2.2. Sample Selection

Forty adult patients (with type I or type II DM) had confirmed DME that not fully healed by previous treatment or newly diagnosed DME. And with stable DM treatment within 3 months before the study and expected to remain stable during the study. Exclusion criteria included patients with macular edema due to cause other than DM; previous ranibizumab or laser therapy in the last 3 months; cataract; glaucoma; external ocular infections; known hypersensitivity to ranibizumab; pregnancy; breast feeding; blood pressure >170/100; HbA1c > 11%; history of chronic renal failure and arteriothrombotic events or other cardiac events in the last 6 months (including myocardial infarction, congestive heart failure, stroke or transient ischemic attack). Additionally, 20 healthy age and sex matched individuals to be considered as a control group.

2.3. Clinical Evaluation

Assessment of the patient’s outcome was done using CRT measured by OCT and visual acuity measured as BCVA by snellen chart at baseline and one month after completing the treatment. And monitoring of the adverse events of ranibizumab and laser either by clinical examination for the objective data or by questionnaire for the subjective data. The conversion of Snellen visual acuity fractions to approximate Early Treatment Diabetic Retinopathy Study (approx ETDRS) letter scores was done for easier statistical analysis. The formula to convert Snellen visual acuity scores to approxETDRS letter scores is:

(1)

ApproxETDRS letter score may be rounded to the nearest letter [14].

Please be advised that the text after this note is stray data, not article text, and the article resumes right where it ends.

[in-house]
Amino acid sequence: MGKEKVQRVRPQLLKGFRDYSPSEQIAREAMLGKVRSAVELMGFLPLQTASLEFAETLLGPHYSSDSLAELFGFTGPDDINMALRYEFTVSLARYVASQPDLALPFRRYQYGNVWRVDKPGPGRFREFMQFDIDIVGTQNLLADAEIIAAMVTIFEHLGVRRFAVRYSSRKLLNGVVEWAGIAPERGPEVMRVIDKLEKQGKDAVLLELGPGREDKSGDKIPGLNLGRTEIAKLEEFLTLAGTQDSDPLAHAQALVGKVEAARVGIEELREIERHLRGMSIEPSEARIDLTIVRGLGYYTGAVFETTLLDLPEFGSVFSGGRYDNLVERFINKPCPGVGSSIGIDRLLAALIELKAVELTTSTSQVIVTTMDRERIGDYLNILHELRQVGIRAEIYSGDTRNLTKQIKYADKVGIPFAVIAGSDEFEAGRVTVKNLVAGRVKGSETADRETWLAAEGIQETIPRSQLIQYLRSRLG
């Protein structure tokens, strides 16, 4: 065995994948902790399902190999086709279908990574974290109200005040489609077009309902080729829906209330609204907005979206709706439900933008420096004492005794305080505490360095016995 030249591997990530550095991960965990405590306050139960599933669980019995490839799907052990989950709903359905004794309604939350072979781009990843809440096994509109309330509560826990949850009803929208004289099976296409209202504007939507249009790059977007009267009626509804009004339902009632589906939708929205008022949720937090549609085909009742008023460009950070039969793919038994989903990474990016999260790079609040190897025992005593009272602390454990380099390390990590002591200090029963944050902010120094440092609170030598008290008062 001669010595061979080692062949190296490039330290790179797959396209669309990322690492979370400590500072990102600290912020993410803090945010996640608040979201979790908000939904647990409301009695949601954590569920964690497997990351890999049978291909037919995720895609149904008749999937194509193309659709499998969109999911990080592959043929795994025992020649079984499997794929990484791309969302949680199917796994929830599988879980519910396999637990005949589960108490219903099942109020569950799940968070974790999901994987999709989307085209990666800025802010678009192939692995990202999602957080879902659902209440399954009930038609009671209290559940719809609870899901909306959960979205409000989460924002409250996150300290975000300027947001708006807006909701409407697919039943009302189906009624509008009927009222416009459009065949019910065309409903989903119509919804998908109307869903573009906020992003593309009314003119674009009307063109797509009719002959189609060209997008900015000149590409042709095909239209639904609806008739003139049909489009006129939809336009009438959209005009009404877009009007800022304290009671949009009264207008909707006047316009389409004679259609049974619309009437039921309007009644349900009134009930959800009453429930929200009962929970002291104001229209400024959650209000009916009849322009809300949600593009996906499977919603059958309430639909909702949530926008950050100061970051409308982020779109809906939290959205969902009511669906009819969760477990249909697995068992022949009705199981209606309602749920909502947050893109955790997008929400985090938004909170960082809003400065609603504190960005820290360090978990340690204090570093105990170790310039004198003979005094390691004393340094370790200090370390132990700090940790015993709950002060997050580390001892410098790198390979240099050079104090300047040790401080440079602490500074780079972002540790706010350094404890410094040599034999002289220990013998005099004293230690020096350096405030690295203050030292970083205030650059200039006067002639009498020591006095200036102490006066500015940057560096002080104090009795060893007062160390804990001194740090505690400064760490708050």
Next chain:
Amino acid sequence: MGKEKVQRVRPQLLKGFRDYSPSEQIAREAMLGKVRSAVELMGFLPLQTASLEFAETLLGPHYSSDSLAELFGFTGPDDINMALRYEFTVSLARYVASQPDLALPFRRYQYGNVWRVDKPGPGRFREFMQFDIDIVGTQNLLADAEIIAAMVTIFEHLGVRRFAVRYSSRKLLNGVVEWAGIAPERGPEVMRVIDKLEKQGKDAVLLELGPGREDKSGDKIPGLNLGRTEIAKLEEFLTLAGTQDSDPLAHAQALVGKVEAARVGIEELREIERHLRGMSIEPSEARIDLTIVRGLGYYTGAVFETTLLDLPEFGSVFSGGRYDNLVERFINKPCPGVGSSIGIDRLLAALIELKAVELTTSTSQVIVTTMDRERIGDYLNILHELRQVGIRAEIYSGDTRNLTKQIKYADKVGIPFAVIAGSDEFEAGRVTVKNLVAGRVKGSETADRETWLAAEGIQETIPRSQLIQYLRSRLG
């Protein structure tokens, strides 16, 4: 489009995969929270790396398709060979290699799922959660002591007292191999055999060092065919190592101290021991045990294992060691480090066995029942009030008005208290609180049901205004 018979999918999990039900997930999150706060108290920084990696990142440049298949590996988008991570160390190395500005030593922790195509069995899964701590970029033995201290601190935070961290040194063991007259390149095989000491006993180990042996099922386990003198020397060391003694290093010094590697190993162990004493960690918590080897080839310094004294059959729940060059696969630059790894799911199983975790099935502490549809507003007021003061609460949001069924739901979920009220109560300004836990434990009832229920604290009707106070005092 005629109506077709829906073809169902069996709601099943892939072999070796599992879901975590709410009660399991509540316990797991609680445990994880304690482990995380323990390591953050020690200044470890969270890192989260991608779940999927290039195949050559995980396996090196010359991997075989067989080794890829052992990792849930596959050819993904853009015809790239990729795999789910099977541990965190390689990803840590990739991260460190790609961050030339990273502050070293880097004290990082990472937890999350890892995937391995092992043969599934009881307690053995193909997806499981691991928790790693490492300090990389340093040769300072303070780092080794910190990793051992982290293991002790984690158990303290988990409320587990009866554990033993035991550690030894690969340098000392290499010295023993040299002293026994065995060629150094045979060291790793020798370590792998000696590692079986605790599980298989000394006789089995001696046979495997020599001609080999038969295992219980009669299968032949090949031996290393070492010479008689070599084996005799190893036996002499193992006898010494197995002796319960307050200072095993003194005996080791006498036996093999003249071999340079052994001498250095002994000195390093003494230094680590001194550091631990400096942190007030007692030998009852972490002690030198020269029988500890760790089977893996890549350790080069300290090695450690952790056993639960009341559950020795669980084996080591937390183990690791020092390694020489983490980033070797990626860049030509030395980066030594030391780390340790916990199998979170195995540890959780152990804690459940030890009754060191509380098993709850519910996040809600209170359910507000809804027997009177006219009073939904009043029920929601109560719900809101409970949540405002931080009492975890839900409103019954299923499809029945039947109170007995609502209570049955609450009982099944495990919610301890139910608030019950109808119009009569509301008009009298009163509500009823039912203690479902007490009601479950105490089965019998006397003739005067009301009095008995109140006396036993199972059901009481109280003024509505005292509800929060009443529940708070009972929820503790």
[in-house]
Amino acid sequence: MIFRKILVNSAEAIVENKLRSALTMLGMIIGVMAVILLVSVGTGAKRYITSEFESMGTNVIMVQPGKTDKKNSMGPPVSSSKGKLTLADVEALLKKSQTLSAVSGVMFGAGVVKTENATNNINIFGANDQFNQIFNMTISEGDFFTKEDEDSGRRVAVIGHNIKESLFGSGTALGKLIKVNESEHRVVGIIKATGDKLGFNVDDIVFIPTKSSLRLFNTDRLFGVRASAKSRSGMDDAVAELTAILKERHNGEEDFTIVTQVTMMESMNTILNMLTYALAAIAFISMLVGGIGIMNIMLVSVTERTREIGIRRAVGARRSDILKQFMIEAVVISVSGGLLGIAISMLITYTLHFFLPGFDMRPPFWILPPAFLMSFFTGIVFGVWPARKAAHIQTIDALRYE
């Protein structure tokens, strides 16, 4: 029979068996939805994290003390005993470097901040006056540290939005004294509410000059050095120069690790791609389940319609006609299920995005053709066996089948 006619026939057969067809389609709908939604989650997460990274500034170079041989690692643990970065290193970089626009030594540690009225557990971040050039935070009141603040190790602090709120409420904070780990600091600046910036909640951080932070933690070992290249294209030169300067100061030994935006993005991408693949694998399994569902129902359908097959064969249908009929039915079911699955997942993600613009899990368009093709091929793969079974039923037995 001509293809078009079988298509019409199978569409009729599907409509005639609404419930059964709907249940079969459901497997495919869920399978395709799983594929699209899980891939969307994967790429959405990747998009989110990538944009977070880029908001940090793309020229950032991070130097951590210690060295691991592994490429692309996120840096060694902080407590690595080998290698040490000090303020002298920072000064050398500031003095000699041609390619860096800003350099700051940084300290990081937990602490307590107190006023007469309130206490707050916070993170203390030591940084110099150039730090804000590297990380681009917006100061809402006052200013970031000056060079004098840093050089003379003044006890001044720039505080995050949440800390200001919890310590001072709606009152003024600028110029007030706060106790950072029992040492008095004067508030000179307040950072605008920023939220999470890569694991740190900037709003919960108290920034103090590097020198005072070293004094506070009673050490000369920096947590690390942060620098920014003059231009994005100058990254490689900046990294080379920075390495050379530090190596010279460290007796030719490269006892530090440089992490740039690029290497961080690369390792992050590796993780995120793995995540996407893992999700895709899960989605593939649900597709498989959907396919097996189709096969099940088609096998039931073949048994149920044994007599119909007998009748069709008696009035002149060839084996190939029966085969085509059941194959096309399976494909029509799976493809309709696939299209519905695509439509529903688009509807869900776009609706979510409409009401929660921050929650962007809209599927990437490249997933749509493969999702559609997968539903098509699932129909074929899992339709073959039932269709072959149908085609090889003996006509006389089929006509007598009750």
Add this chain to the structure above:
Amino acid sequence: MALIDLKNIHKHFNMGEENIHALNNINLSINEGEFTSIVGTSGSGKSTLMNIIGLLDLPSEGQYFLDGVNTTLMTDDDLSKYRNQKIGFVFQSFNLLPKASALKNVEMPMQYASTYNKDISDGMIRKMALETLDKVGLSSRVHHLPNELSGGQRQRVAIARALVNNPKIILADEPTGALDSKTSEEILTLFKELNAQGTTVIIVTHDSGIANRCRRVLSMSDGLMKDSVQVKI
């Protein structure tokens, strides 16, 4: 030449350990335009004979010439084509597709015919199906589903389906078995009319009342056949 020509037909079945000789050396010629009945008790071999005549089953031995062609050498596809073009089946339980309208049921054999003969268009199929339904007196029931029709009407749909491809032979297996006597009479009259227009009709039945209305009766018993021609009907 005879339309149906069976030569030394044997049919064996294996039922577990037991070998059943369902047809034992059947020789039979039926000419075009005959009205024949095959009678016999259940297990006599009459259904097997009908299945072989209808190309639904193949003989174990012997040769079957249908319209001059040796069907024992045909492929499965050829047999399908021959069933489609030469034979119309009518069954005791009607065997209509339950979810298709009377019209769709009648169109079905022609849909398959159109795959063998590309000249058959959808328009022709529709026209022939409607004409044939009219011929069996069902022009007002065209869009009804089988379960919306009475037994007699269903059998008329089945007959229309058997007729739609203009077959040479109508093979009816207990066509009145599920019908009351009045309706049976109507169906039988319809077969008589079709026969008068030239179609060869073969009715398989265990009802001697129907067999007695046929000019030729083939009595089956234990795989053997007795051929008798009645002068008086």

2.4. Statistical Analysis

Statistical software (IBM SPSS version 20) was used for data input and analysis. Continuous variables were presented as mean ± standard deviation (SD) and discrete variables were presented as numbers and frequencies. Chi square test for independence was used to test the significance of association between discrete variables. Continuous variables were tested by the Shapiro Wilk test to determine if they were normally or abnormally distributed. ANOVA test was used to test the significance of difference in the mean of 3 independent samples in normally distributed continuous variables. Unpaired t-test was used to test the significance of difference in the mean of two independent samples in normally distributed continuous variables and Mann Whitney test for abnormally distributed data. Findings with P value less than0.05 were considered significant.

3. Results

3.1. Efficacy

Of a total of 51 patients who were randomized in this study, 40 completed the treatment (20 from the ranibizumab group and 20 from the laser group, Figure 1).

The mean age of ranibizumab group did not differ significantly from laser group and controls (54.85±4.01 years vs 54.30±4.49 years vs 54.25±3.20 years respectively, P>0.05).

Also there was no statistical significant difference in the female to male ratio among ranibizumab group, laser group, and controls (9:11 (45%) vs 11:9 (55%) vs 12:8 (60%) respectively, P>0.05, Table 1).

Baseline patients parameters showed that BCVA level was significantly lower in patients with DME than healthy control subjects (P < 0.0001).Whereas CRT was significantly higher in patients with DME than those in control group (P < 0.0001, Table 2).

Figure 1. Total number of patients participated in the current study

Table 1. Baseline characteristics of patients and controls

Table 2. Baseline parameters of the patients and controls

After 4 months of starting ranibizumab treatment and 1 month of laser photocoagulation, we found a highly significant increase in BCVA for both ranibizumab and laser groups (P<0.0001, P=0.005 respectively) with ranibizumab being superior to laser (P=0.0001).